Yup, once again I have acquired a whole lot of knowledge that doesn't enable me to do anything.

2012 follow-up -- I'm finally sewing!

Thursday, August 09, 2007


wow, it's dusty around here. This blog seems almost abandoned. Or is it merely dormant while homeschooling takes over? Maybe it's just that I've found other ways to ignore my kids.

Anyway, I recently acquired a sewing machine from my local Freecycle list. Whether it works or not is a matter of debate. The offeror said it works and from the standpoint of plugging it in and pushing the pedal, the gears do operate. However, the thread gets tangled in the machine. So, I wouldn't call the thing operational. Maybe it's a simple fix. Unfortunately, the free machine did not come with a manual, so I'm posting here in case someone has a lead for me. The label says "Montgomery Ward." It's model UHT J 1984.

I headed to the library when I first acquired the machine to get all kinds of 'how to sew' books. Now, I am requesting all kinds of "how to fix sewing machine" books. Both of them.

I've been visiting the websites mentioned in the "how to sew" books because they uniformly tell me the most important piece of equipment is the instruction manual. Turns out, I've got a 'rare' machine that's not listed on the websites. But some get close.

Anyway, I'm having fun, picturing myself as a tinkerer. I do like to play with machines and might have made a good engineer, but who wants to take all that math? Maybe I would have been a good mechanic, they aren't required to take calculus.

Why do I want to start sewing on a machine? One of my friends made an adorable dress for her child that she found on this site and I thought it might be fun to become 'crafty.' So far, my path is not leading to 'crafty' but to machine repair work. Who knows.

Wednesday, April 25, 2007

Thats Why I Unschool

-- no guarantee my kids won't hate me anyway, but they'll have to find a different reason.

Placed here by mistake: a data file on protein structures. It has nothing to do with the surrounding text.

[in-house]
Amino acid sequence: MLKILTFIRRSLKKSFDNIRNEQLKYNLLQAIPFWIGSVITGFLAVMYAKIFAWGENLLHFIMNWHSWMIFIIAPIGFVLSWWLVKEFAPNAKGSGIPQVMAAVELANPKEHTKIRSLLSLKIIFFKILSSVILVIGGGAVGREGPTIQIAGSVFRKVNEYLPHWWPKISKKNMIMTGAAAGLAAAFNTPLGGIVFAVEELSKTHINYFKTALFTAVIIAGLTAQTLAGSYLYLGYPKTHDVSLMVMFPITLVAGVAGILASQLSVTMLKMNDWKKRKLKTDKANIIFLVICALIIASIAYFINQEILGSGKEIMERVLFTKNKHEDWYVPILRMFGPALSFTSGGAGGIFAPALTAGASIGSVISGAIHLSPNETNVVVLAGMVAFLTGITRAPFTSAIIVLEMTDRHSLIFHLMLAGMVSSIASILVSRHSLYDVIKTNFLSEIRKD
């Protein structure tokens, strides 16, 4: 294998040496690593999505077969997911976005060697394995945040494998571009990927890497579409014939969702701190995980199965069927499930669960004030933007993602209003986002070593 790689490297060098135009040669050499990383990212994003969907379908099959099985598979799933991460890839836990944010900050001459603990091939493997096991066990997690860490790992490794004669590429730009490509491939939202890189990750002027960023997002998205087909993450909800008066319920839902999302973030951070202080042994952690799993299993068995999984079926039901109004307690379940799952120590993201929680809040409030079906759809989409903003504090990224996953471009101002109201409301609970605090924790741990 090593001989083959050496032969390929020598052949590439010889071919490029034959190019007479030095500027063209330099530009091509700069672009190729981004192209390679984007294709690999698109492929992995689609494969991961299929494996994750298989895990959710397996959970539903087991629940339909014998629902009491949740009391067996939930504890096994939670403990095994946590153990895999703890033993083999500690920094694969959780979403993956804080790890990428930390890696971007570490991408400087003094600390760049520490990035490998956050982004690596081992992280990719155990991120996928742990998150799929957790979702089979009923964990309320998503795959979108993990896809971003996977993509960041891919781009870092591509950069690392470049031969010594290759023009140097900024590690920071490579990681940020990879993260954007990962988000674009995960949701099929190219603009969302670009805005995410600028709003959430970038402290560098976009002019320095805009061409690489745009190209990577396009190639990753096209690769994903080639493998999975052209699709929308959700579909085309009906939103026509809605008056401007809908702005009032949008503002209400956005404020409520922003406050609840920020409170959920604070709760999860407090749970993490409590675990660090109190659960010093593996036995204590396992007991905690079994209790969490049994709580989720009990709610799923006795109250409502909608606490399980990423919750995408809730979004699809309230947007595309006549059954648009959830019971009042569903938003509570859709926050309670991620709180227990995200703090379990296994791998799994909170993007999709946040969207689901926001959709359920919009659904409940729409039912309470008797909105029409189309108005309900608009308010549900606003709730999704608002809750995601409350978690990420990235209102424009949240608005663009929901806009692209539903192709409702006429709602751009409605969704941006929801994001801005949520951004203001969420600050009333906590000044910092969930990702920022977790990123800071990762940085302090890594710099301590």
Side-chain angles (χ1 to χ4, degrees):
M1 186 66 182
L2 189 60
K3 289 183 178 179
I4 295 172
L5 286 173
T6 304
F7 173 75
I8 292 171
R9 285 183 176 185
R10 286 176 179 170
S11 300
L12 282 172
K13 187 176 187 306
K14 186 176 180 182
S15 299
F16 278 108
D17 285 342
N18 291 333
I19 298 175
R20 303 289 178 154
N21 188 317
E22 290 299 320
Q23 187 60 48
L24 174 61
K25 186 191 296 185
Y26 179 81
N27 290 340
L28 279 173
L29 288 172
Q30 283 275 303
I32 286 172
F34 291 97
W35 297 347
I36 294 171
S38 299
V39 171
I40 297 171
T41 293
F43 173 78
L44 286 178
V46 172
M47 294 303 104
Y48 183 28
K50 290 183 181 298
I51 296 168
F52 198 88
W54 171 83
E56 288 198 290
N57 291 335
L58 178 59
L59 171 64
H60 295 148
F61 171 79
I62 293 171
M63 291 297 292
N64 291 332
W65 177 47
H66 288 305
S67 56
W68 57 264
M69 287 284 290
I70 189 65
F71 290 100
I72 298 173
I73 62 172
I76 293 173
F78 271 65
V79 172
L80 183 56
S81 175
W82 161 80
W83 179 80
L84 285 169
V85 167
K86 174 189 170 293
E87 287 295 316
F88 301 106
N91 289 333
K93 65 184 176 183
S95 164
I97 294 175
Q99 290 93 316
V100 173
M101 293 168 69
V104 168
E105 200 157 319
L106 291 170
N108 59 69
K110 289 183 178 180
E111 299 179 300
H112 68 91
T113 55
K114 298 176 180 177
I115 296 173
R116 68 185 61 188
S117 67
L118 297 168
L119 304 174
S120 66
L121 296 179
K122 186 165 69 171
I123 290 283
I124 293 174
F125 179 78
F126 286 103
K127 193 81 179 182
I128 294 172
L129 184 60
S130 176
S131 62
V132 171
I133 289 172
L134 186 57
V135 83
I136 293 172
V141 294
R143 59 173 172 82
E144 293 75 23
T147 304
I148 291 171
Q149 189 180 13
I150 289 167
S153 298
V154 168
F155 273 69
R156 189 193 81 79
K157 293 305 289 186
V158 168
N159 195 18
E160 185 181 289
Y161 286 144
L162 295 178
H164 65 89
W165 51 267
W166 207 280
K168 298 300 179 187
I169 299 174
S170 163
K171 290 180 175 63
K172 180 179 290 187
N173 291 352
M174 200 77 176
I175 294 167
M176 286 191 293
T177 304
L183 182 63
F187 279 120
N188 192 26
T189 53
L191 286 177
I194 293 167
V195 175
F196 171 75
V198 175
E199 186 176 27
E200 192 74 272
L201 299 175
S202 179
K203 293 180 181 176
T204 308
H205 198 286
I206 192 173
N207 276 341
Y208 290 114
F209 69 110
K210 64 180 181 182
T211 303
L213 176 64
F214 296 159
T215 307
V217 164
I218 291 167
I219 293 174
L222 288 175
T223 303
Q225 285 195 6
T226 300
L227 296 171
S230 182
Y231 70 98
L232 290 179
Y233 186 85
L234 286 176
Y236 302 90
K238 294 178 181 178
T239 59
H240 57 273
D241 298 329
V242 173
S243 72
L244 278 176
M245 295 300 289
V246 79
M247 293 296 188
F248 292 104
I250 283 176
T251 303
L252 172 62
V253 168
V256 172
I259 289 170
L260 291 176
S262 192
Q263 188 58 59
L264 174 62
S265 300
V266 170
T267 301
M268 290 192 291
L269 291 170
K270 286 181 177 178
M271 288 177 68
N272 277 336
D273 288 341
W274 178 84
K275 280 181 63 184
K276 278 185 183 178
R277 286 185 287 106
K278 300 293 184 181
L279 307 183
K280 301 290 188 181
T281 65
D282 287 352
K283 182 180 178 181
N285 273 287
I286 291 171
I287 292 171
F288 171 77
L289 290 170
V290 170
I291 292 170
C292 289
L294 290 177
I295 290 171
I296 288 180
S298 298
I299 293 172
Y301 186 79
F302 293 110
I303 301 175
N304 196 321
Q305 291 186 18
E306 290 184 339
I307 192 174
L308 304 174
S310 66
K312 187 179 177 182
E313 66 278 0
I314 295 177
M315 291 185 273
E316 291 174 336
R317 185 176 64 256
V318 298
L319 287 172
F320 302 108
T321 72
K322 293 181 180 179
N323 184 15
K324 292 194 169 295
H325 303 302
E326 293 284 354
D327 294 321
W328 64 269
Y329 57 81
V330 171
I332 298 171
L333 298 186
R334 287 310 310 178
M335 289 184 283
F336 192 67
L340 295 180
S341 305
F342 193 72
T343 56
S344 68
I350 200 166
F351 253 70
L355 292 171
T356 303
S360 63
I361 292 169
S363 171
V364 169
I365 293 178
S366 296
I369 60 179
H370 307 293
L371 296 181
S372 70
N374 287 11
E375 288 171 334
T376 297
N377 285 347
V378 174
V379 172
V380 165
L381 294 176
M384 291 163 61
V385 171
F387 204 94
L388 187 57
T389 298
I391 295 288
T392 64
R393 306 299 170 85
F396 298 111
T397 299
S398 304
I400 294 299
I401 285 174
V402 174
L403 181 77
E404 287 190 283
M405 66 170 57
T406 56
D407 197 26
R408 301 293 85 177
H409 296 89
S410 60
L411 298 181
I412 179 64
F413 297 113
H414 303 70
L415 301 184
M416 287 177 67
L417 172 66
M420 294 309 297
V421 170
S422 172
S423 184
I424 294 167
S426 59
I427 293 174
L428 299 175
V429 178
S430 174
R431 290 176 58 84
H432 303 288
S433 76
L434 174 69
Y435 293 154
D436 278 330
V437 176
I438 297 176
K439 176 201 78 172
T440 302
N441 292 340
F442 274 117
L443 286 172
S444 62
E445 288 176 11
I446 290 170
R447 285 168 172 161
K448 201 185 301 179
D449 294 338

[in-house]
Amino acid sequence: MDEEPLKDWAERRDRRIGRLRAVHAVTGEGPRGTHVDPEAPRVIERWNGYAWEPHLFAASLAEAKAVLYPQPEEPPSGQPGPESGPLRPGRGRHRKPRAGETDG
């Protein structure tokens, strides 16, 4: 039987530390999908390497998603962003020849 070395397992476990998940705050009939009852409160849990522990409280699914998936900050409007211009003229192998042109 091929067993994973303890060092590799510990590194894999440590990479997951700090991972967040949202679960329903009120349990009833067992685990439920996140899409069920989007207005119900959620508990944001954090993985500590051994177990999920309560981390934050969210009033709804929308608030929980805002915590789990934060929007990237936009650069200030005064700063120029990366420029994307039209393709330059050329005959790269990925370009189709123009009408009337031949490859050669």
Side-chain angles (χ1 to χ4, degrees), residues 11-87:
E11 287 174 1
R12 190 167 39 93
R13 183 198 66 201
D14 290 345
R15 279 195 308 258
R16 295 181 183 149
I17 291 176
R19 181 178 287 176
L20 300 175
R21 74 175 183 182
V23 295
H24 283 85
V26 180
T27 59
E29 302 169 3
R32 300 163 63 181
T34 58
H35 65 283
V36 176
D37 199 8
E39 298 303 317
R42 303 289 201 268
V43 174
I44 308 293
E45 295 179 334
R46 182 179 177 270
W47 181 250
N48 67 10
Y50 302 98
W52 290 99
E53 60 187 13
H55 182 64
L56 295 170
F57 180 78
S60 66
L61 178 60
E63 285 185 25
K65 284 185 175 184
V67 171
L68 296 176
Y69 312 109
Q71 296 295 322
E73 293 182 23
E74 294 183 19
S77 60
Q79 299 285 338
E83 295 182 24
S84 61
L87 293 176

Why We Hate Our Parents
Western parents feel it is their job to make their children into who they should be rather than relate to who they already are.
By Mark Epstein, M.D.

I was not unschooled myself and I don't hate my parents. They always accepted me and encouraged me, but never made me feel like I should be anyone else.

Thanks Mom and Dad.

Tuesday, February 27, 2007

How Did I Miss This Story?

Must have been hibernating -- I live for this stuff. More than a decade ago, I headed off to law school with dreams of becoming a sex crimes prosecutor. How I ended up as a homeschooling mom is a long, sad story (with a happy ending, because I am, after all, a homeschooling mom).

Anyway -- wow, what an interesting story. A brief summary for those not interested in reading it -- a woman was drugged and raped at a fraternity in 1984. She received an apology in the mail from the perp as part of his 12 step program. Long story short, she has reason to believe he's not coming completely clean (she suspects it was a gang rape or at least it was spectator sport and he's pretty dismissive on the point). His apology is what we like to call "an admission" and she forwards it to the appropriate police department. He is prosecuted and takes a plea agreement. Two years. Looks like he got off a bit lightly because the prosecutor is looking in it being a gang-rape. Hope that means they'll find the others. I say subpeona everyone in the fraternity that year -- come on, someone put something in that drink, at least another frat boy shoved her back at the perp when she was screaming and trying to get away. There were more who at least knew what was going on and I'm guessing this wasn't an isolated incident.